The Democratic and Republican leaders of a Senate committee showed strong support Thursday for President Barack Obama’s nominee for comptroller general of the Government Accountability Office.
“We hope to get you confirmed before the lame-duck session ends,” Chairman Joe Lieberman (ID-Conn.) told nominee Gene Dodaro at the end of a Homeland Security and Governmental Affairs confirmation hearing Thursday. The committee has not yet voted on his nomination to lead the GAO for a nonrenewable, 15-year term.
Dodaro, 59, has worked in the GAO for more than 30 years, including as chief operating officer and as head of the Accounting and Information Management Division, and he became acting comptroller general in March 2008 after Comptroller General David Walker resigned.
Panel ranking member Susan Collins (R-Maine) joked that the evident bipartisan support for Dodaro “kind of takes the suspense out” of the nomination process.
Lieberman, Collins and Sens. Daniel Akaka (D-Hawaii) and Tom Carper (D-Del.) were the only panel members in attendance at Thursday’s hearing. They questioned Dodaro about his priorities for the agency, which strives to identify and eliminate wasteful spending and programs in Congress and the executive branch. All four Senators expressed a desire for more aggressive GAO oversight, citing the economic challenges facing the country.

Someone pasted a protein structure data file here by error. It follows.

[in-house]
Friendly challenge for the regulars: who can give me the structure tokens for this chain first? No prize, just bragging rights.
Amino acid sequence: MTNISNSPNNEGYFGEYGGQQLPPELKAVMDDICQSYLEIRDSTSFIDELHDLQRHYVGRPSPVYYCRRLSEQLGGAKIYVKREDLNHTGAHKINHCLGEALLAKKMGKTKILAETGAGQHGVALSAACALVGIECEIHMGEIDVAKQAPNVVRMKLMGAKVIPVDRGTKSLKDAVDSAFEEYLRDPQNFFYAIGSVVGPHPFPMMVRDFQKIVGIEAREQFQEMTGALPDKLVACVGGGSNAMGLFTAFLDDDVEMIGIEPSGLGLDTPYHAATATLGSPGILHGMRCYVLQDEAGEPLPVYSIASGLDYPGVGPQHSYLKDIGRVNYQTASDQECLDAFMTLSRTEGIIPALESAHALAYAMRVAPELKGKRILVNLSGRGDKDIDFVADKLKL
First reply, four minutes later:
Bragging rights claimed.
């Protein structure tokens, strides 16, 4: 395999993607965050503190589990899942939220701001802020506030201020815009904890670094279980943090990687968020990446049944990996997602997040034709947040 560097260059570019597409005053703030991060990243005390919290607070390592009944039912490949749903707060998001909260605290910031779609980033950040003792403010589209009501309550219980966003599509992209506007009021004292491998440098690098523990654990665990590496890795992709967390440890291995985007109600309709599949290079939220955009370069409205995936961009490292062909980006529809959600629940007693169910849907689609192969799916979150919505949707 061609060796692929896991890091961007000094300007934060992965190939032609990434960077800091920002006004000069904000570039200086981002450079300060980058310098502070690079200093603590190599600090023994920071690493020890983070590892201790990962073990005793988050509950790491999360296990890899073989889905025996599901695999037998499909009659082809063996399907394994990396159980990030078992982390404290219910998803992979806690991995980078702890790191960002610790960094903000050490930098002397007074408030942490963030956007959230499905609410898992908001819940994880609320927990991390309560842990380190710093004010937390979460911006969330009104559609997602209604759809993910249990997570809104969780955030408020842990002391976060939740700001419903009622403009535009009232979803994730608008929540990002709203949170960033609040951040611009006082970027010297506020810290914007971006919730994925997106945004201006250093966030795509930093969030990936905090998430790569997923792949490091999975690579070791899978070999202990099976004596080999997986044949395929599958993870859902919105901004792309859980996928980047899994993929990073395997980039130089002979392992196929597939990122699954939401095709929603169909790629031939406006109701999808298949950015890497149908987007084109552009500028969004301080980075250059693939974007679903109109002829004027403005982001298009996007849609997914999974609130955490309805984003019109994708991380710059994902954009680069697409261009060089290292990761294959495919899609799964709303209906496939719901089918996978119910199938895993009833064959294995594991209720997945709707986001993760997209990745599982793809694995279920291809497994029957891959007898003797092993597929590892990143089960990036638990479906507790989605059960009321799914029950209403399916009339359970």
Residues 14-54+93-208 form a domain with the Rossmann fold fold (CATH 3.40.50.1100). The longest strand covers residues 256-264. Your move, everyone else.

“I believe my experience as acting comptroller general of the United States for more than two years during a difficult period in our nation’s history and over my 30 years of service to the Congress and our own country, eight as GAO’s number two official, were contributing factors to ... my nomination by the president,” Dodaro wrote in a memo to the committee.
James Jones, communications director for DC Vote, tapes a "DC Constituents Service Day" sign on the wall as he stands with other DC residents outside of Rep. Andy Harris's office on Capitol Hill to protest Harris' actions against D.C.'s marijuana laws on Thursday, July 24, 2014. DC Vote encouraged DC residents to bring their complaints about city services to the Maryland congressman.